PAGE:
As a guitarist Shiurba has developed a unique and personalized approach to the guitar. Through the use of extended techniques and unusual preparations, he expands the traditional sound range of the instrument, producing stunning, often unrecognizable results. Cadence Magazine calls Shiurba a 'wildly creative guitarist... anti-jazz, anti-everything else, yet utterly compelling.'"-John Shiurba Website (http://www.shiurba.com/bio.html)
^ Hide Bio for John Shiurba
• Show Bio for Anthony Braxton
[Anthony Braxton (born June 4, 1945) is an American composer and instrumentalist.]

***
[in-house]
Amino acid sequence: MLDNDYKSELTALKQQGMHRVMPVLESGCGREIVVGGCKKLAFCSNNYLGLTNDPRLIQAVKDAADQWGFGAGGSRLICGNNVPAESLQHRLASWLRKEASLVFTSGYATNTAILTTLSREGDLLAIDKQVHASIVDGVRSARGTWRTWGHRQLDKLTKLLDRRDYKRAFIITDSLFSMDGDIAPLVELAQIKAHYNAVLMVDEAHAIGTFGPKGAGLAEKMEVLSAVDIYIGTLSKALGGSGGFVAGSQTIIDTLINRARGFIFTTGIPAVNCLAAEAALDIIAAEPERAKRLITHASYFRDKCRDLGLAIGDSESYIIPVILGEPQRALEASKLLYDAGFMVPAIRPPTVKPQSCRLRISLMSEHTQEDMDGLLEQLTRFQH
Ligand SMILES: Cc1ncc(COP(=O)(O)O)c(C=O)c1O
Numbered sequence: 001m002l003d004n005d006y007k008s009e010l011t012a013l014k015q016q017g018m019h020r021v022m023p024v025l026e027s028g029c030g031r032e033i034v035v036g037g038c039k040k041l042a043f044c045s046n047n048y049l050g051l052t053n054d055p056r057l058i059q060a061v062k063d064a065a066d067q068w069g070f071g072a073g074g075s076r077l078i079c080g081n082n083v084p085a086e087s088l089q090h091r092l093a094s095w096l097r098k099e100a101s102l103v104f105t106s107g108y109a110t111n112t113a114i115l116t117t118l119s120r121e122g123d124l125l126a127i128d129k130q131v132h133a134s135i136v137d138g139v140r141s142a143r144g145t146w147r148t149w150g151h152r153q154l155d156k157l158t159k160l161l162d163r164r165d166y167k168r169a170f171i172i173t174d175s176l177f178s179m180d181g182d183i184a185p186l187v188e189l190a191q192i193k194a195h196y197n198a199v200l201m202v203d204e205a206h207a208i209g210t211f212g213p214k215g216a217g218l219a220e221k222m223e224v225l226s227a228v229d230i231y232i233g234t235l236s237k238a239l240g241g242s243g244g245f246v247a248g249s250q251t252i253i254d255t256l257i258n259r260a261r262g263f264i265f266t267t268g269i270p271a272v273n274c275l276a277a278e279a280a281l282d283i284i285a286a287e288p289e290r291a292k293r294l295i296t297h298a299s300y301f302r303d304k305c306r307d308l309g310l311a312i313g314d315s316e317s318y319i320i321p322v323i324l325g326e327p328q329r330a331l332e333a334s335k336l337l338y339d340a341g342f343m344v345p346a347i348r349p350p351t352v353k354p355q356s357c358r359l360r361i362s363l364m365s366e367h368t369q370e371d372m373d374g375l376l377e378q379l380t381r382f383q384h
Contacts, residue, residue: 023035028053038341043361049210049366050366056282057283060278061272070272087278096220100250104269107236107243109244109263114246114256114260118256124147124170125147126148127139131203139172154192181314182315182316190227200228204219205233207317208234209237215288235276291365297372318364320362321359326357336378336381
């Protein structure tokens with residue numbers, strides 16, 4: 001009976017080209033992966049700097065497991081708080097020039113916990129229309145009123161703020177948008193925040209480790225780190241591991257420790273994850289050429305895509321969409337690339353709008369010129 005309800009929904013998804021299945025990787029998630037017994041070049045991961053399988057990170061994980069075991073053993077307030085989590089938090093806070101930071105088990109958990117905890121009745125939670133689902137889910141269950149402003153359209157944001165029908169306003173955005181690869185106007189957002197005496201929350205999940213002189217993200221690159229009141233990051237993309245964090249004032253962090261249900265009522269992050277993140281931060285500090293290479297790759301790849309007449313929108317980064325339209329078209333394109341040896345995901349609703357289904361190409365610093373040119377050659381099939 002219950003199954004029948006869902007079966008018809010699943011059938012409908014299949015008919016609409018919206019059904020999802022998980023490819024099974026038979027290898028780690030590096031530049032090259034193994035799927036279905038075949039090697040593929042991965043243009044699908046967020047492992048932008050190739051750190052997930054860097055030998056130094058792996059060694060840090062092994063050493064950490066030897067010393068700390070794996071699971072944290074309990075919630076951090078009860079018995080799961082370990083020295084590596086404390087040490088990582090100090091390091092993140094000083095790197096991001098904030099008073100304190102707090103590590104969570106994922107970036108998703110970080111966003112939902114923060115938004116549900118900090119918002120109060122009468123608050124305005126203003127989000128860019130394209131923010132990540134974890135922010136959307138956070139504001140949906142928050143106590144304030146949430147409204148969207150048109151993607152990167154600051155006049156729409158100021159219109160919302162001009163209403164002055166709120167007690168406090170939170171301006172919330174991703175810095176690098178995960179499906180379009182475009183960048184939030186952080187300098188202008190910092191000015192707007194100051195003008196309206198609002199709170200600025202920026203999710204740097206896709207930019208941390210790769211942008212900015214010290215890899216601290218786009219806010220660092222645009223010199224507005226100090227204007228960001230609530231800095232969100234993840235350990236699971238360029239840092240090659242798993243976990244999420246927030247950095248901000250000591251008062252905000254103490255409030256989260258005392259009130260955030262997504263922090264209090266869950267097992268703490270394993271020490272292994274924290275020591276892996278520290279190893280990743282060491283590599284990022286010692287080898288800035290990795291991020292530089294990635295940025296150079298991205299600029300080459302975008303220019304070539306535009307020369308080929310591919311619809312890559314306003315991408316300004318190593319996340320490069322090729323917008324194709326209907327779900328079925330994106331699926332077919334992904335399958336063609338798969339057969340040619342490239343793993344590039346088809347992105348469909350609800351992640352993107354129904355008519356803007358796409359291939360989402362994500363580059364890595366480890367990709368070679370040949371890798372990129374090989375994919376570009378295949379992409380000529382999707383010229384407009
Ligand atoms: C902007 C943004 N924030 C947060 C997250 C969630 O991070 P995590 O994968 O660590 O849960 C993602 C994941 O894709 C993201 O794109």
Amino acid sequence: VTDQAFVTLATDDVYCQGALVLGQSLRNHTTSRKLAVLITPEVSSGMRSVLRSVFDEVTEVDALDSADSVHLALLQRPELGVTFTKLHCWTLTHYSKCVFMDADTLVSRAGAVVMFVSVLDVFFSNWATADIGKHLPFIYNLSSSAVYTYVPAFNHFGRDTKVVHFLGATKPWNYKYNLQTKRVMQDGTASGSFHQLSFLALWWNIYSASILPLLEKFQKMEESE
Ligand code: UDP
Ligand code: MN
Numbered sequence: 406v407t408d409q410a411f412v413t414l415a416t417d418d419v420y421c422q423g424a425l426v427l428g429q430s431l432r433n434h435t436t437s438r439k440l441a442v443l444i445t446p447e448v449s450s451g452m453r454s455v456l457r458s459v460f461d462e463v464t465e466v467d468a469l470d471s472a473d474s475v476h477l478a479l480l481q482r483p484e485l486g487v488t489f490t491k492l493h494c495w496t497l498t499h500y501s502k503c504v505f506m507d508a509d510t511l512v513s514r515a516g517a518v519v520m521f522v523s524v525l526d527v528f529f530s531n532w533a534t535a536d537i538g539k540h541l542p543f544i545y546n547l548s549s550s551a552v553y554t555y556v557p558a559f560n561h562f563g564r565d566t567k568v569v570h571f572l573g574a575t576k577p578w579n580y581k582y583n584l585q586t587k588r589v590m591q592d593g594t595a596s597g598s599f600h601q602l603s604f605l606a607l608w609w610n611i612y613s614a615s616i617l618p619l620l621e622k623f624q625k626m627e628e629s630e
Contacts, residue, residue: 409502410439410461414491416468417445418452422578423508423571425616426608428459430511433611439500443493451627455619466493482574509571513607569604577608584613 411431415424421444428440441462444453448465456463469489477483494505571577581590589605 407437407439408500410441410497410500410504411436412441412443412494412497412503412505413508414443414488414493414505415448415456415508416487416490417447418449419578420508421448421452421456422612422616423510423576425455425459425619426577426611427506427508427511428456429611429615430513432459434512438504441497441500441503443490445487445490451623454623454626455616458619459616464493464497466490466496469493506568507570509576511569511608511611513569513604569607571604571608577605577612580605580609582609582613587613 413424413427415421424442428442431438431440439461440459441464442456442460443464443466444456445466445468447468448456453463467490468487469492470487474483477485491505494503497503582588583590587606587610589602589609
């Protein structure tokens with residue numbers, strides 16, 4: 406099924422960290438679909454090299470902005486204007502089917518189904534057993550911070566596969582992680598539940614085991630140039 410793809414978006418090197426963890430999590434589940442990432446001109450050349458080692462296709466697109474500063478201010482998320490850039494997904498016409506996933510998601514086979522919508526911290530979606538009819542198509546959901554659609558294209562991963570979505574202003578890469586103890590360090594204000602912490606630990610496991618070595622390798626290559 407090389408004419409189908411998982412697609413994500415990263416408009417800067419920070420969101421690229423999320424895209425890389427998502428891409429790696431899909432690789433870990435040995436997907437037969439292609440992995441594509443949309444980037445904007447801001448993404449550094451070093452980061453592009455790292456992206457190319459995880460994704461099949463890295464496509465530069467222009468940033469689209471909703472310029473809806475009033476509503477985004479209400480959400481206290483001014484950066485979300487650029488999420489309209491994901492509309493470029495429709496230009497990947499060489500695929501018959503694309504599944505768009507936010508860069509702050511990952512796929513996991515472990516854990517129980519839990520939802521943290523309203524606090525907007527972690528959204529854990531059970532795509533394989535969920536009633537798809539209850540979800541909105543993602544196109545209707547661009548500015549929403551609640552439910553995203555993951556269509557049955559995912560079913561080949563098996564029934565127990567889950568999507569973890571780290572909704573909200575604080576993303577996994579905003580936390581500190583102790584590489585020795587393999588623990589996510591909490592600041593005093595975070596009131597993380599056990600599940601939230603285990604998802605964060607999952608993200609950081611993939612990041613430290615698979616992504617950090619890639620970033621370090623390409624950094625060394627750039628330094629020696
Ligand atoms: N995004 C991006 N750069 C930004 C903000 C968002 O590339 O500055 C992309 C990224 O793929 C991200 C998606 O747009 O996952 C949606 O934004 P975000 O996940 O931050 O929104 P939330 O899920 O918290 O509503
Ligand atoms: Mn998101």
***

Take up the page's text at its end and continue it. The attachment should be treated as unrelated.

"Genius is a rare commodity in any art form, but at the end of the 20th century it seemed all but non-existent in jazz, a music that had ceased looking ahead and begun swallowing its tail. If it seemed like the music had run out of ideas, it might be because Anthony Braxton covered just about every conceivable area of creativity during the course of his extraordinary career. The multi-reedist/composer might very well be jazz's last bona fide genius. Braxton began with jazz's essential rhythmic and textural elements, combining them with all manner of experimental compositional techniques, from graphic and non-specific notation to serialism and multimedia. Even at the peak of his renown in the mid- to late '70s, Braxton was a controversial figure amongst musicians and critics. His self-invented (yet heavily theoretical) approach to playing and composing jazz seemed to have as much in common with late 20th century classical music as it did jazz, and therefore alienated those who considered jazz at a full remove from European idioms. Although Braxton exhibited a genuine -- if highly idiosyncratic -- ability to play older forms (influenced especially by saxophonists Warne Marsh, John Coltrane, Paul Desmond, and Eric Dolphy), he was never really accepted by the jazz establishment, due to his manifest infatuation with the practices of such non-jazz artists as John Cage and Karlheinz Stockhausen. Many of the mainstream's most popular musicians (Wynton Marsalis among them) insisted that Braxton's music was not jazz at all. Whatever one calls it, however, there is no questioning the originality of his vision; Anthony Braxton created music of enormous sophistication and passion that was unlike anything else that had come before it. Braxton was able to fuse jazz's visceral components with contemporary classical music's formal and harmonic methods in an utterly unselfconscious -- and therefore convincing -- way. The best of his work is on a level with any art music of the late 20th century, jazz or classical.